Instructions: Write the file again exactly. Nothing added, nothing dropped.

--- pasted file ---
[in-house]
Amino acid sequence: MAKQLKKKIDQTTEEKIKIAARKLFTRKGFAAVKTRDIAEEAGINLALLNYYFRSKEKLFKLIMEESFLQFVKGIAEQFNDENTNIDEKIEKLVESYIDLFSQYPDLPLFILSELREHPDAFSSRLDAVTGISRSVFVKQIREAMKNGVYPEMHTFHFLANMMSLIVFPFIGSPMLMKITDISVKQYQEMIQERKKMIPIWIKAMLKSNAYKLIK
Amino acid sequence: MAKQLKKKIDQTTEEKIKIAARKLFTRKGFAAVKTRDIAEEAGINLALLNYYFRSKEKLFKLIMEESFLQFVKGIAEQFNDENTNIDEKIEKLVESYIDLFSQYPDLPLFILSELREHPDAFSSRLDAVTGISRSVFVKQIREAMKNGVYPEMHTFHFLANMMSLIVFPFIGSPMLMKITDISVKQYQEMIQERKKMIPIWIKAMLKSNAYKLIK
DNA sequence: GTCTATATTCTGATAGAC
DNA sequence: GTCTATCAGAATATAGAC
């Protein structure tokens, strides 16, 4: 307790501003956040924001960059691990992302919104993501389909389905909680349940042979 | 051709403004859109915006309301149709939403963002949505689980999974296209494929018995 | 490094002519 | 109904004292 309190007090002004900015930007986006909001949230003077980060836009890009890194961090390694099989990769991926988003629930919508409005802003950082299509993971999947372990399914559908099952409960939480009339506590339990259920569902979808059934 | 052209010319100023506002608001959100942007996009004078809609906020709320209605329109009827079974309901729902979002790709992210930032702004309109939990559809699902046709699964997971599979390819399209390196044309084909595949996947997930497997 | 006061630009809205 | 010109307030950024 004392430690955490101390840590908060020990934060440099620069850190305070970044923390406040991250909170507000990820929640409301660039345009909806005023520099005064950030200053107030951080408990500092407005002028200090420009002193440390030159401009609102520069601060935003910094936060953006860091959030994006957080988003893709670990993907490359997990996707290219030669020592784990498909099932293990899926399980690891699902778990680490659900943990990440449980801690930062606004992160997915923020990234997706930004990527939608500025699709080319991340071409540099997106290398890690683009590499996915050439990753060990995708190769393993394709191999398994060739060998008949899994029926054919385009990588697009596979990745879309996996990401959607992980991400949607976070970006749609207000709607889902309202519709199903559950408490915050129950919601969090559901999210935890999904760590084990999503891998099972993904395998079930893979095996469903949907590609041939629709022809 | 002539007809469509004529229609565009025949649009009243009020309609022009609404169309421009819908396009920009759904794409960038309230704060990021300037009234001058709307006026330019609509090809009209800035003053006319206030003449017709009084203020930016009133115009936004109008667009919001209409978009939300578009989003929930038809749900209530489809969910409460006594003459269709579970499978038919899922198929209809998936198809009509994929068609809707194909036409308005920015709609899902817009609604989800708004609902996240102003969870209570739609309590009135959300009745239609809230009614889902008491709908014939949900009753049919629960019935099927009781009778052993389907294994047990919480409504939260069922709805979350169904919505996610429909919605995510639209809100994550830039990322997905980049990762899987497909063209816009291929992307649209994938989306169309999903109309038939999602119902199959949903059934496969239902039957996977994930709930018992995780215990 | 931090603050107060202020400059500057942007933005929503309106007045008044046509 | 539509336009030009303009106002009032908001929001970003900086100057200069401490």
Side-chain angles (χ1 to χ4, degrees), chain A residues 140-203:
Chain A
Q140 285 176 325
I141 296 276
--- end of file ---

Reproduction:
[in-house]
Amino acid sequence: MAKQLKKKIDQTTEEKIKIAARKLFTRKGFAAVKTRDIAEEAGINLALLNYYFRSKEKLFKLIMEESFLQFVKGIAEQFNDENTNIDEKIEKLVESYIDLFSQYPDLPLFILSELREHPDAFSSRLDAVTGISRSVFVKQIREAMKNGVYPEMHTFHFLANMMSLIVFPFIGSPMLMKITDISVKQYQEMIQERKKMIPIWIKAMLKSNAYKLIK
Amino acid sequence: MAKQLKKKIDQTTEEKIKIAARKLFTRKGFAAVKTRDIAEEAGINLALLNYYFRSKEKLFKLIMEESFLQFVKGIAEQFNDENTNIDEKIEKLVESYIDLFSQYPDLPLFILSELREHPDAFSSRLDAVTGISRSVFVKQIREAMKNGVYPEMHTFHFLANMMSLIVFPFIGSPMLMKITDISVKQYQEMIQERKKMIPIWIKAMLKSNAYKLIK
DNA sequence: GTCTATATTCTGATAGAC
DNA sequence: GTCTATCAGAATATAGAC
């Protein structure tokens, strides 16, 4: 307790501003956040924001960059691990992302919104993501389909389905909680349940042979 | 051709403004859109915006309301149709939403963002949505689980999974296209494929018995 | 490094002519 | 109904004292 309190007090002004900015930007986006909001949230003077980060836009890009890194961090390694099989990769991926988003629930919508409005802003950082299509993971999947372990399914559908099952409960939480009339506590339990259920569902979808059934 | 052209010319100023506002608001959100942007996009004078809609906020709320209605329109009827079974309901729902979002790709992210930032702004309109939990559809699902046709699964997971599979390819399209390196044309084909595949996947997930497997 | 006061630009809205 | 010109307030950024 004392430690955490101390840590908060020990934060440099620069850190305070970044923390406040991250909170507000990820929640409301660039345009909806005023520099005064950030200053107030951080408990500092407005002028200090420009002193440390030159401009609102520069601060935003910094936060953006860091959030994006957080988003893709670990993907490359997990996707290219030669020592784990498909099932293990899926399980690891699902778990680490659900943990990440449980801690930062606004992160997915923020990234997706930004990527939608500025699709080319991340071409540099997106290398890690683009590499996915050439990753060990995708190769393993394709191999398994060739060998008949899994029926054919385009990588697009596979990745879309996996990401959607992980991400949607976070970006749609207000709607889902309202519709199903559950408490915050129950919601969090559901999210935890999904760590084990999503891998099972993904395998079930893979095996469903949907590609041939629709022809 | 002539007809469509004529229609565009025949649009009243009020309609022009609404169309421009819908396009920009759904794409960038309230704060990021300037009234001058709307006026330019609509090809009209800035003053006319206030003449017709009084203020930016009133115009936004109008667009919001209409978009939300578009989003929930038809749900209530489809969910409460006594003459269709579970499978038919899922198929209809998936198809009509994929068609809707194909036409308005920015709609899902817009609604989800708004609902996240102003969870209570739609309590009135959300009745239609809230009614889902008491709908014939949900009753049919629960019935099927009781009778052993389907294994047990919480409504939260069922709805979350169904919505996610429909919605995510639209809100994550830039990322997905980049990762899987497909063209816009291929992307649209994938989306169309999903109309038939999602119902199959949903059934496969239902039957996977994930709930018992995780215990 | 931090603050107060202020400059500057942007933005929503309106007045008044046509 | 539509336009030009303009106002009032908001929001970003900086100057200069401490």
Side-chain angles (χ1 to χ4, degrees), chain A residues 140-203:
Chain A
Q140 285 176 325
I141 296 276